It must be purgatory working at Linden Labs. Citizens of Second Life seem hell bent on replicating every problem of the real world.
Setting aside the sex pests and the terrorists, no sooner had the authorities at Linden Labs
banned gambling than its uber governors have had to deal with a meltdown in the Second Life financial system.
It emerged last week that Second Life's World Stock Exchange had been hacked and some L$3.2m stolen (or about $12,000 of real money). This then caused a run on banks inside Second Life as nervous avatars queued to remove their hard earned Linden dollars.
The story has been covered in the past day or two by
BusinessWeek and MIT's
Technology Review, which then grew into a broader discussion about financial governance in the virtual world. Even before these announcements,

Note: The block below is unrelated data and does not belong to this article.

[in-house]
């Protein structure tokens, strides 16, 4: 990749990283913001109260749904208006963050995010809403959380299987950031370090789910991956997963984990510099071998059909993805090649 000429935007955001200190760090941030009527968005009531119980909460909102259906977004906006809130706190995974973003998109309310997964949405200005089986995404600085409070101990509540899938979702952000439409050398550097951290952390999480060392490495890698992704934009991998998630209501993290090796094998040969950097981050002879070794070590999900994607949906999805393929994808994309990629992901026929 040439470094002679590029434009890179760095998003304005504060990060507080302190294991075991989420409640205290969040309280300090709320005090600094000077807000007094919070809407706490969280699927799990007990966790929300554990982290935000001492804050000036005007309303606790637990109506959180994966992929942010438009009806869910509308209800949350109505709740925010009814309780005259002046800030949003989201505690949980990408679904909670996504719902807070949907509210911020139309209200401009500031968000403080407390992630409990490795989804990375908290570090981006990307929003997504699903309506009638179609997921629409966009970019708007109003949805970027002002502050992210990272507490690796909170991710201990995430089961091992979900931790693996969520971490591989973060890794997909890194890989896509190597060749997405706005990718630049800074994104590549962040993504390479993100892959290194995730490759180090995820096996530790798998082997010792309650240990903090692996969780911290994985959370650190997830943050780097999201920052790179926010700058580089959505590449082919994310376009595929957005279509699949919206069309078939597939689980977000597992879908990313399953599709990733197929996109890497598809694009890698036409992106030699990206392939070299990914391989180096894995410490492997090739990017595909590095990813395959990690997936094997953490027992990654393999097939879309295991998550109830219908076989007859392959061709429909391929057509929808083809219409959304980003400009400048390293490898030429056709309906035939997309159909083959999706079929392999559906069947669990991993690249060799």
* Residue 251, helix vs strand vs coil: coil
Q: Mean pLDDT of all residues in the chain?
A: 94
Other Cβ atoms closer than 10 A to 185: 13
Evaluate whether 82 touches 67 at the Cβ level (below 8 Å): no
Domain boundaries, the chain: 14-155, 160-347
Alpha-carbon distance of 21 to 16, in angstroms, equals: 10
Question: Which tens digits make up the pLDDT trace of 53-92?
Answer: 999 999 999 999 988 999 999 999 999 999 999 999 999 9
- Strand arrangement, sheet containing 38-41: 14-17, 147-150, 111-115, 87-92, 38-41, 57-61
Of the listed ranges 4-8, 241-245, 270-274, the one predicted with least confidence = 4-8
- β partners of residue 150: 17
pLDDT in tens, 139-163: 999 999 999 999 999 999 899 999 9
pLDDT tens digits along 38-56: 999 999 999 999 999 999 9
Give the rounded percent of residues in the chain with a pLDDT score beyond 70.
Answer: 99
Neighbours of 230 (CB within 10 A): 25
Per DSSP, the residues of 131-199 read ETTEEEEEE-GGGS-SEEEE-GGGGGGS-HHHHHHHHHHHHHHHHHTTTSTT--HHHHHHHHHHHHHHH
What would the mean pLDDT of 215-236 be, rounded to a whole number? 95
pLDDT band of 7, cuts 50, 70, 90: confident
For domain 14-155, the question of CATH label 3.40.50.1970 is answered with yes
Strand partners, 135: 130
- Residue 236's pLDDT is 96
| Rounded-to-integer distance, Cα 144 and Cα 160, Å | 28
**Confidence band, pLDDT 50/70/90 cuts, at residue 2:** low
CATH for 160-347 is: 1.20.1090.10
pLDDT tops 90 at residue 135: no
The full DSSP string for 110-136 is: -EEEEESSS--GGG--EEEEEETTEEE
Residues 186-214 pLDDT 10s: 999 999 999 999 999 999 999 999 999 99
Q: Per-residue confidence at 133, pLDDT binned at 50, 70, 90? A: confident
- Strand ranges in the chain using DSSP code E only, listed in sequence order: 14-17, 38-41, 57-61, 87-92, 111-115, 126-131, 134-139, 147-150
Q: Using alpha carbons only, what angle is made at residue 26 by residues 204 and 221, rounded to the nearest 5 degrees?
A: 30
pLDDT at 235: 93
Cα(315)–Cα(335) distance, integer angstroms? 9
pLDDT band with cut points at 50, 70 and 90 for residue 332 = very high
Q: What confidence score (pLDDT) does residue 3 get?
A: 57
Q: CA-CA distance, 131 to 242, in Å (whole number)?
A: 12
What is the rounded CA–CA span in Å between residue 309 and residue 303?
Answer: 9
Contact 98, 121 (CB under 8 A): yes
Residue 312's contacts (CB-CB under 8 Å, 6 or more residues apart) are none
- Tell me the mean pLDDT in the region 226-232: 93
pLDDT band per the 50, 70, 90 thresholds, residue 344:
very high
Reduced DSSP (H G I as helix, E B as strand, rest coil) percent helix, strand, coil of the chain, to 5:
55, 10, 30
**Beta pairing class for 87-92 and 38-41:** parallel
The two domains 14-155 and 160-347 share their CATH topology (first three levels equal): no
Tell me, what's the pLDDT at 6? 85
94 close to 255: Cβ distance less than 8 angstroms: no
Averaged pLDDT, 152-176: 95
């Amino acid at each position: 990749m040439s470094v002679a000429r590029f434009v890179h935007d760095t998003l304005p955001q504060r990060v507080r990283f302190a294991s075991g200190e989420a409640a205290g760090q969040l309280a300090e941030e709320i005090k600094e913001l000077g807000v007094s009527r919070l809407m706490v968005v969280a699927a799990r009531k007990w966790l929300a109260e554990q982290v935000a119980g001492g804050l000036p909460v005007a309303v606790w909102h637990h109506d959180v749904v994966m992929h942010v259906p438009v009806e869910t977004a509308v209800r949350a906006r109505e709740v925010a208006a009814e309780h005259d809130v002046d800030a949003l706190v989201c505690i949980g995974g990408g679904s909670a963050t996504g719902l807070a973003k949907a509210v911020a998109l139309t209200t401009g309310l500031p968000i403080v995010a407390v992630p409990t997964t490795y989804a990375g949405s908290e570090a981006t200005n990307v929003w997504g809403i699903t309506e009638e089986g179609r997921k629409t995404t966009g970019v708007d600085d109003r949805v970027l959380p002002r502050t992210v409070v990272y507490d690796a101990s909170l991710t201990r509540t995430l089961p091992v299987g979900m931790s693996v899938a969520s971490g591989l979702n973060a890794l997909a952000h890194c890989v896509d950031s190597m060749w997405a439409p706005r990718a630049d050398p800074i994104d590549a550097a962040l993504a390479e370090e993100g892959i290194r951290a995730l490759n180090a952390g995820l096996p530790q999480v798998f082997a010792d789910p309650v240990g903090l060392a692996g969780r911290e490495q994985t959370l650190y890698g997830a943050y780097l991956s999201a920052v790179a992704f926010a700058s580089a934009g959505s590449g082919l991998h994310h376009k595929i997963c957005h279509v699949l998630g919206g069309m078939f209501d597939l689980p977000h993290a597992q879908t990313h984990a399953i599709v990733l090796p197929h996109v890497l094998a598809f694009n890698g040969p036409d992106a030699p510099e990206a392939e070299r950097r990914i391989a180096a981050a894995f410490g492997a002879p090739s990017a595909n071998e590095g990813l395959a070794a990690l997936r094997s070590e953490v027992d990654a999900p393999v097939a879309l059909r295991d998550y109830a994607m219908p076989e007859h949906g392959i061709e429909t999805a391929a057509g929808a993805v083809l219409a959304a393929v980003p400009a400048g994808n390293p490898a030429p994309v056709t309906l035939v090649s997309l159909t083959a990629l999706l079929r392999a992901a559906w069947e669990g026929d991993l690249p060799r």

Matthew Beller was questioning the economic foundations of the virtual economy.
reported yesterday that one of Second Life's banks - Gingko Financial - had closed its doors. Previously Gingko had been defended by Linden Labs CEO, Philip Rosedale despite the apparently unsustainably high interest rates it offered to depositors (maybe
they do things differently in cyberspace).
According to the
transcript of an interview with Rosedale (or rather his avatar, 'Philip Linden'), Rosedale pretty much said: We try not to make more rules than we need. We haven't made any on banks.
Refreshing candour, but not very reassuring for his virtual citizens.